EPIC Director Quoted in Article on Sunrise Power Link

SANDAG panel urges neutral position on power line

SAN DIEGO -- A panel recommended Wednesday that San Diego County's public officials not take a position for or against a controversial power line until environmental studies are completed next year.

The San Diego Association of Governments' energy working group, composed of business leaders, city and county officials, environmentalists and students of the energy industry, voted 13-1 to recommend that the association board sit on the sidelines, for now.

The regional planning agency's 20-member governing board is made up of officials from the region's 18 cities and its county government, and is set to discuss whether to take a stance on San Diego Gas & Electric Co.'s $1.3 billion Sunrise Powerlink project on Nov. 17.

So far, about half the board members have come out in support of the project individually, according to a list of supporters on SDG&E's Web site.

The utility has proposed constructing a 500-kilovolt transmission line that would run 150 miles from El Centro in Imperial County to Carmel Valley and boost the region's power supply by 20 percent. The utility serves San Diego County and southern Orange County.

The line would run through Anza-Borrego State Park, Ramona and Rancho Penasquitos.

The project is opposed by residents of communities the wires would cross, and environmental groups who have said they worry about the potential for harming wildlife and ruining scenic views. On the other side, it has been endorsed by a number of area businesses and cities.

The California Public Utilities Commission, which will ultimately decide the project's fate, recently launched a study of the cost, the need for the extra power and the likely environmental and community impacts of the proposed transmission line.

In a ruling Wednesday, the commission announced it will publish a draft environmental report by Aug. 3, then will conduct hearings in September and October. The agency is scheduled to issue a final report by Nov. 20, 2007, and decide whether to grant permission to build the line by January 2008.

With that timeline in place, energy group members decided it was premature to take a stance until the draft study lays all the details on the table. The lone dissenting vote was cast by Greg Parks of the San Diego Regional Chamber of Commerce, which has come out in favor of the wires. The group also stressed the need for more energy conservation.

SDG&E's representative on the energy group did not take part in the discussion or vote. An attorney for the association of governments said the utility had a conflict of interest.

Before the group's recommendation goes to the board, it first will be taken up by the association's regional planning committee on Friday.

Besides shoring up a projected 1,000-megawatt shortfall, SDG&E says it needs the line to comply with a state law that requires California's major utilities to get 20 percent of their power from nonfossil fuel sources such as solar and wind power by 2010. Susan Freedman, senior regional energy planner for the association, said that SDG&E currently gets 250 megawatts from such sources, and will need to quadruple that amount.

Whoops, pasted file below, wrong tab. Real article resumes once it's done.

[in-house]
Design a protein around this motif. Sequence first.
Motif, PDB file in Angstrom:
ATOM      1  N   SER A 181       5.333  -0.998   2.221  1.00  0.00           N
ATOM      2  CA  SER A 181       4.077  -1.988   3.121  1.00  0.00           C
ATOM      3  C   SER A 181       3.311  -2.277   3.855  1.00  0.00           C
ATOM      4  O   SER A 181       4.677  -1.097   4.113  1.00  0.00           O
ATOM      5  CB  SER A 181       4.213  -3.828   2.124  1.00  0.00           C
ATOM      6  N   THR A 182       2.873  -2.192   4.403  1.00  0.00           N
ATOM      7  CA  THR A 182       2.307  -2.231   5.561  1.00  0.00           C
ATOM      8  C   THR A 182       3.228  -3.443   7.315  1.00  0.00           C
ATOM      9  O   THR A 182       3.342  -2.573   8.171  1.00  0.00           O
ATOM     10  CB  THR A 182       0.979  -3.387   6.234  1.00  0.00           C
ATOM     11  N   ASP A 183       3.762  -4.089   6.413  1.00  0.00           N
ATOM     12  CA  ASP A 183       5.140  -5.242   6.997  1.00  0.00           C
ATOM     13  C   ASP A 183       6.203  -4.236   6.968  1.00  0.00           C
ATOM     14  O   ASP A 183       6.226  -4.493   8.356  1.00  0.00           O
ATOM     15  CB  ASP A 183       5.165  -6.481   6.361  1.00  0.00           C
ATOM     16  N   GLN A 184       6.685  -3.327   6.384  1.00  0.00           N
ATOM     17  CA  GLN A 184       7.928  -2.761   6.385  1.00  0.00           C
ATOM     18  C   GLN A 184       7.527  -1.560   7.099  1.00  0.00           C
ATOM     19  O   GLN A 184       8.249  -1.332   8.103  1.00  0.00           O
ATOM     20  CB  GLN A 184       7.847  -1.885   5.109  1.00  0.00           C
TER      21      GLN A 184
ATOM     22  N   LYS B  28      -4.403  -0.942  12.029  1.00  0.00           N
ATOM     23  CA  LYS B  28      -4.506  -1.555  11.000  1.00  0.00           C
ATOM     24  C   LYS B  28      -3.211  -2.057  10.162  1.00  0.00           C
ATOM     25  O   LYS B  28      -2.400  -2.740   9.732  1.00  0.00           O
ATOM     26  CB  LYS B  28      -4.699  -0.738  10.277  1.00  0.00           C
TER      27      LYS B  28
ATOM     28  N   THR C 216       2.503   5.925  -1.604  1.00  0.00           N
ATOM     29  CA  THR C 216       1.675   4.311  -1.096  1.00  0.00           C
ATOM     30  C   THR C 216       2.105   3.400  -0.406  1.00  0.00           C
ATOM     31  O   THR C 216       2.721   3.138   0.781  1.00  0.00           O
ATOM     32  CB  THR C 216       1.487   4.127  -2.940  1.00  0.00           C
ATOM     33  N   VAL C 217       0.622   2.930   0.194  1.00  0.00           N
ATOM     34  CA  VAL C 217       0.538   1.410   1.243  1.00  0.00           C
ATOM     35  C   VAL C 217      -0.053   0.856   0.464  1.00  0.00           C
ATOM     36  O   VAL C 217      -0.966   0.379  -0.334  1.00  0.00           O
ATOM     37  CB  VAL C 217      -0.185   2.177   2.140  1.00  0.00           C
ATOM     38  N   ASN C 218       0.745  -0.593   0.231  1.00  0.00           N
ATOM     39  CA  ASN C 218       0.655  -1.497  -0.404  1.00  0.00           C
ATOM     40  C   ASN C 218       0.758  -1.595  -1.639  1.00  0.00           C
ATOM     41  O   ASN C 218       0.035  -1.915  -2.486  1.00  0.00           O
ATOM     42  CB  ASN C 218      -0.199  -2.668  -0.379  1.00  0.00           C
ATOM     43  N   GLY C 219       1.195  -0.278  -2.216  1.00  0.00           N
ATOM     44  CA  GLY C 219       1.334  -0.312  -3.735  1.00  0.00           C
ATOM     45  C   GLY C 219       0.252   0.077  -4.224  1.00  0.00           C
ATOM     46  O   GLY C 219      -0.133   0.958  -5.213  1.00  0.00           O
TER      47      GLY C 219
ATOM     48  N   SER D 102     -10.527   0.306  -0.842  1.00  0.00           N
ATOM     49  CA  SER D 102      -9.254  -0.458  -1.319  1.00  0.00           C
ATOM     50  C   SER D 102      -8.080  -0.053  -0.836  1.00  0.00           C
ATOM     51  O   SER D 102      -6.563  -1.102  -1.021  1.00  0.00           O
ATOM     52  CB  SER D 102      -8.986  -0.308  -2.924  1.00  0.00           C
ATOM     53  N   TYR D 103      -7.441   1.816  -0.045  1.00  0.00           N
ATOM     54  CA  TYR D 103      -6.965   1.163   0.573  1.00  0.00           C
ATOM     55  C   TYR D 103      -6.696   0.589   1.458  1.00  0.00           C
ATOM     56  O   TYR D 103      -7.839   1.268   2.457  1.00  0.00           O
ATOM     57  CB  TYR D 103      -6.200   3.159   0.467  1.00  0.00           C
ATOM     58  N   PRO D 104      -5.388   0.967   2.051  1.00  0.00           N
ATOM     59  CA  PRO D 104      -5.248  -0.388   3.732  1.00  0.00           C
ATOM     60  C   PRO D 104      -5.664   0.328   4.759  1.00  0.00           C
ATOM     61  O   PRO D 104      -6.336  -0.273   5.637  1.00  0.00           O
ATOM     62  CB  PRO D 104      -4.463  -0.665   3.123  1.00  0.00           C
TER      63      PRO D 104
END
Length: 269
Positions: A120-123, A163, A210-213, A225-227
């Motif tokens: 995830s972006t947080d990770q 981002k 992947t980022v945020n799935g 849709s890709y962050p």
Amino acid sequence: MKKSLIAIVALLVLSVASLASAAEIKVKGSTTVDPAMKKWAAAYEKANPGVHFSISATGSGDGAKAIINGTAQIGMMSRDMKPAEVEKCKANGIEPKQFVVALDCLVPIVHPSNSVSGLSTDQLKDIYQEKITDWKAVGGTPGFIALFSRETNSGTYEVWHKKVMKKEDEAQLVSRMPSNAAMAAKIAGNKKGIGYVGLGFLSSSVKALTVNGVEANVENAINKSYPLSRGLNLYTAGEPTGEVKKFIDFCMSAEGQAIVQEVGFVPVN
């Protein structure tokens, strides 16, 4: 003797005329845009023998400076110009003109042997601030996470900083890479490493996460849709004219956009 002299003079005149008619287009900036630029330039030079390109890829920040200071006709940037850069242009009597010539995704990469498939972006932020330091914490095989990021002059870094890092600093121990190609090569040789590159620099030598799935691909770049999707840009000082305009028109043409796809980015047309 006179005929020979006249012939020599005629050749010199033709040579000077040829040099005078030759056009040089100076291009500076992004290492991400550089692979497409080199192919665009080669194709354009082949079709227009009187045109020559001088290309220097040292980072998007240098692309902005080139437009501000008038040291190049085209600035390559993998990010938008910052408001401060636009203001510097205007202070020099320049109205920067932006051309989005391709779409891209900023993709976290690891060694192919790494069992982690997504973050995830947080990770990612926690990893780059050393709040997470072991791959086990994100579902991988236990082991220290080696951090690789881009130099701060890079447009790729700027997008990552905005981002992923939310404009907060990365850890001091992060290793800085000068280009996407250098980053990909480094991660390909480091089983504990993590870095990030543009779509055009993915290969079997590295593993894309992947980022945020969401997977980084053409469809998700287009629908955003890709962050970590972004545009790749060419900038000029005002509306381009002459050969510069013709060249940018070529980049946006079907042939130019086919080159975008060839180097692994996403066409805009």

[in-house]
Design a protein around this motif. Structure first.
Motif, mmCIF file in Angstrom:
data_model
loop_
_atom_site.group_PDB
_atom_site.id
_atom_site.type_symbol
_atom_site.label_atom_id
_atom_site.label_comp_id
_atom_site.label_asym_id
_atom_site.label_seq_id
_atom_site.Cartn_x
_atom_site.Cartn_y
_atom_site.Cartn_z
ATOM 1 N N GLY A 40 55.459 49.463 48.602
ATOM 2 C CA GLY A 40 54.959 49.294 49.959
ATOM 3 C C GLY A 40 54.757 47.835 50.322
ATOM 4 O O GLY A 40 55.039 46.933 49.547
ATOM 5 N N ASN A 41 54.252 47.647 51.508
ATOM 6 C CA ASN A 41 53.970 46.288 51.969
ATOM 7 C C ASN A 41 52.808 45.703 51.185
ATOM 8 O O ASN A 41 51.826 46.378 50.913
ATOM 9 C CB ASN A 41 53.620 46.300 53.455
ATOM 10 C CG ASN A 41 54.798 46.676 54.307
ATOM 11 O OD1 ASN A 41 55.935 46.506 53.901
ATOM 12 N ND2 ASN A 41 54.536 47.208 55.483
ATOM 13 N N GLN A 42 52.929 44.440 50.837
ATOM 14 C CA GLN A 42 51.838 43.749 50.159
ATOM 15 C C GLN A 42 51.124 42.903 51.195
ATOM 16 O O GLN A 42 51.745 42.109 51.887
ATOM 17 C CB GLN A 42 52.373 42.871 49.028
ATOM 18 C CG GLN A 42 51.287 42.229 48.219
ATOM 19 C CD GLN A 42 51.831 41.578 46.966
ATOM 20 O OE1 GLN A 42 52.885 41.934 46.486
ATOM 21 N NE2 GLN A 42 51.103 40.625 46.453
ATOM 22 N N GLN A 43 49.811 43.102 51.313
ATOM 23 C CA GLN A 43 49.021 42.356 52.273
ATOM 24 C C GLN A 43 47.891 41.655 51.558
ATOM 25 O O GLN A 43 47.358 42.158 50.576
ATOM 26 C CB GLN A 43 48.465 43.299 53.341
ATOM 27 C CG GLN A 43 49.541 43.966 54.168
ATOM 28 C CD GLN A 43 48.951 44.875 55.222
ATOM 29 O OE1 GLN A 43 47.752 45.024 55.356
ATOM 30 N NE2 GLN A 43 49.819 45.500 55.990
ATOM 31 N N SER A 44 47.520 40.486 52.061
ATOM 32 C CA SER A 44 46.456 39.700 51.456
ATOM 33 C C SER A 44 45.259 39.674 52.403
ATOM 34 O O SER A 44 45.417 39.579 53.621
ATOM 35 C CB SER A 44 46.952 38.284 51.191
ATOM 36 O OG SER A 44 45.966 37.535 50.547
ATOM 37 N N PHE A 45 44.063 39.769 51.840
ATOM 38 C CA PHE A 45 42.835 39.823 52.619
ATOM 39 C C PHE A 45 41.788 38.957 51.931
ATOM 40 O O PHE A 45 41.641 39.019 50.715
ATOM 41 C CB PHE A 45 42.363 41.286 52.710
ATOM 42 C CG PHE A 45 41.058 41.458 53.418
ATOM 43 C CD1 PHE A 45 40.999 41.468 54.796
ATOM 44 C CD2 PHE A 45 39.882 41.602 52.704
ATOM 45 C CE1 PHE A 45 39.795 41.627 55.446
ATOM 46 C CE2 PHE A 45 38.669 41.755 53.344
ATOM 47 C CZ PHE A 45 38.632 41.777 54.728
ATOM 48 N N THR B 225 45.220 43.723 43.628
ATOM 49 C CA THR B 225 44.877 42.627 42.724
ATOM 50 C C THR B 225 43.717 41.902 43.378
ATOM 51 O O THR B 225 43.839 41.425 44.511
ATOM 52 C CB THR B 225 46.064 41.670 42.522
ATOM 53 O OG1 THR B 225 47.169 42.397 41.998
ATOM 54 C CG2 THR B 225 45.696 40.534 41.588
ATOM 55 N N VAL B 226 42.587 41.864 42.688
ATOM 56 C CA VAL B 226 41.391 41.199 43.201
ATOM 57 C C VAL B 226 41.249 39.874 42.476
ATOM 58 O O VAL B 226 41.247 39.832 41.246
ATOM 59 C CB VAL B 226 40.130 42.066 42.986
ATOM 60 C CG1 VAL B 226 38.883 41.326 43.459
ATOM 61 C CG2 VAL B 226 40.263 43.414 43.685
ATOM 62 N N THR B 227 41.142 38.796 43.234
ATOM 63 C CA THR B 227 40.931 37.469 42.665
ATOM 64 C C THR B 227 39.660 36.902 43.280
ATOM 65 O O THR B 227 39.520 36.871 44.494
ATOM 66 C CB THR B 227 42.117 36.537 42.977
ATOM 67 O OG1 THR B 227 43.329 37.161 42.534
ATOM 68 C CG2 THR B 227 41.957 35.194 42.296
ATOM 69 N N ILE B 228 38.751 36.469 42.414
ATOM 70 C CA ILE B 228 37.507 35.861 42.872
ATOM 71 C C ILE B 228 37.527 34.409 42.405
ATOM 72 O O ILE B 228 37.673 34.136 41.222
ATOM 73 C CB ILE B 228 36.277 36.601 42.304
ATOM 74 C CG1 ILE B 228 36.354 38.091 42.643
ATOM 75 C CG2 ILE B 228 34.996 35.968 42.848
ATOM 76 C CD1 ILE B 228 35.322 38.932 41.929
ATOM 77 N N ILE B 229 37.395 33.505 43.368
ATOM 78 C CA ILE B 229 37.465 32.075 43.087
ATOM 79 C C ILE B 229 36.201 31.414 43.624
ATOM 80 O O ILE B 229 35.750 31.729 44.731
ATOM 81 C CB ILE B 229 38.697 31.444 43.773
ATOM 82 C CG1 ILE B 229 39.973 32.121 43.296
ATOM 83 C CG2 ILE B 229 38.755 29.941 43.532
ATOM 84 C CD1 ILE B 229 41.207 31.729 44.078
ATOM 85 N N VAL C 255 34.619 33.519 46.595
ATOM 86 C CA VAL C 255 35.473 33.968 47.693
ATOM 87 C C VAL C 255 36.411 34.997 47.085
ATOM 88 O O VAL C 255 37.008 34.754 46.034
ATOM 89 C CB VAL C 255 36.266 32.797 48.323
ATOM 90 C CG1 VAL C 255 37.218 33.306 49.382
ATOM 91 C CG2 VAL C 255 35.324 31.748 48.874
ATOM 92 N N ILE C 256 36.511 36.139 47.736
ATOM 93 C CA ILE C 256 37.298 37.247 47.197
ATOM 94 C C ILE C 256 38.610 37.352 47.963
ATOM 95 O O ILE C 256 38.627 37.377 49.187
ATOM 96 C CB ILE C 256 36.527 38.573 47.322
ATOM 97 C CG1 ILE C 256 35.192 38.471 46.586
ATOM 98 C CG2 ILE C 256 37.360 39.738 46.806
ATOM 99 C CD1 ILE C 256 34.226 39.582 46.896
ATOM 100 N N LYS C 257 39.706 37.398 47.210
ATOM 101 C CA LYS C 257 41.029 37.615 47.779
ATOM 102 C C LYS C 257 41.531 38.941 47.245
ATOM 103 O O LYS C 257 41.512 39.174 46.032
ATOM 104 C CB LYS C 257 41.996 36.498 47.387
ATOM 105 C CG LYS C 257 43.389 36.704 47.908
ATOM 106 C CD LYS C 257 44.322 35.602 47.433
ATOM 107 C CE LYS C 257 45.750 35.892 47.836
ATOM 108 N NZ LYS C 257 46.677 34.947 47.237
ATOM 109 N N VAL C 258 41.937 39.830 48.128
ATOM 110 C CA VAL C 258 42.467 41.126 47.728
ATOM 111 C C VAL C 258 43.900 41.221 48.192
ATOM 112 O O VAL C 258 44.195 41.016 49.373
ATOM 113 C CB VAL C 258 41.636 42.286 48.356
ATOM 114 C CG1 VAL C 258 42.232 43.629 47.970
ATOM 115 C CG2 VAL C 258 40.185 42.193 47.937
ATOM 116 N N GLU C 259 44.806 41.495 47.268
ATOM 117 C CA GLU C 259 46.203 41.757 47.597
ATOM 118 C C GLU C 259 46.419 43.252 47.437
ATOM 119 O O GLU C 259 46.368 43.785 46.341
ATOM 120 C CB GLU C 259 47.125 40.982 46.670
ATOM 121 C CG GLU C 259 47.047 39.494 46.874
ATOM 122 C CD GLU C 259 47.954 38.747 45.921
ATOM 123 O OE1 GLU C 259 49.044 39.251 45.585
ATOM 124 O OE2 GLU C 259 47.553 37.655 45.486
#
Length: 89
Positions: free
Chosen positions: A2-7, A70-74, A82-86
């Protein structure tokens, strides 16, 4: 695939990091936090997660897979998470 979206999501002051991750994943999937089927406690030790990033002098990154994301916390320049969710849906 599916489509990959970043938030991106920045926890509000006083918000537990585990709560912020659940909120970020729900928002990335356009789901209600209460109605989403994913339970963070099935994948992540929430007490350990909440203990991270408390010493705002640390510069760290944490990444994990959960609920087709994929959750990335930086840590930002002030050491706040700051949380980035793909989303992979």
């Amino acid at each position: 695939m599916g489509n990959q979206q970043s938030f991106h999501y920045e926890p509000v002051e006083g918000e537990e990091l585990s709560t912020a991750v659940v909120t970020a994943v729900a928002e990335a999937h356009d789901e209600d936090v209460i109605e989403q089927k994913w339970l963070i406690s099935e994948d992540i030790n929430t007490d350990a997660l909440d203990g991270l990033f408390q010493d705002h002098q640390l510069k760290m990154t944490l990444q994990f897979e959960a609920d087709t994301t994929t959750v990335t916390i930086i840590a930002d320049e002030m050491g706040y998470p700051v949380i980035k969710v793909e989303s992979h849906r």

A megawatt is the standard measuring unit for electricity and most of the time can keep the lights on in 750 to 1,000 homes.

Under the law, utilities could be fined millions of dollars for missing the 2010 deadline, said working group member Scott Anders, director of the Energy Policy Initiatives Center at the University of San Diego. But he said lawmakers have hinted they will relax the law if utilities are having trouble on the eve of the deadline.

SDG&E says Sunrise would help the region harness the power of the sun and geysers near the Salton Sea to generate electricity.

But Kelly Fuller, a local Sierra Club member, stressed in a public comment period that the timely development of those rich energy resources is far from a foregone conclusion.

"It's really common to think of Imperial Valley as this big pot of renewable energy ... at the end of the rainbow," Fuller said. "But Imperial Valley is not sitting out there ready to go renewable tomorrow. It may take a while."

Richard Caputo, a retired rocket scientist, chairman of the San Diego Renewable Energy Society and member of a subcommittee that advises the working group, said there may be a better way to generate renewable power. He said the subcommittee just finished a survey that suggests 4,000 megawatts -- almost matching the region's current supply -- could be generated from solar power in the San Diego County backcountry.

"It would be sprinkled all over the place in all sorts of little power plants," Caputo said.

Plants would create 10 percent to 20 percent less electricity if built in San Diego County instead of sun-drenched Imperial County, he said, but "you wouldn't be paying for a $1.3 billion transmission line."

-- Contact staff writer Dave Downey at (760) 740-5442 or ddowney@nctimes.com.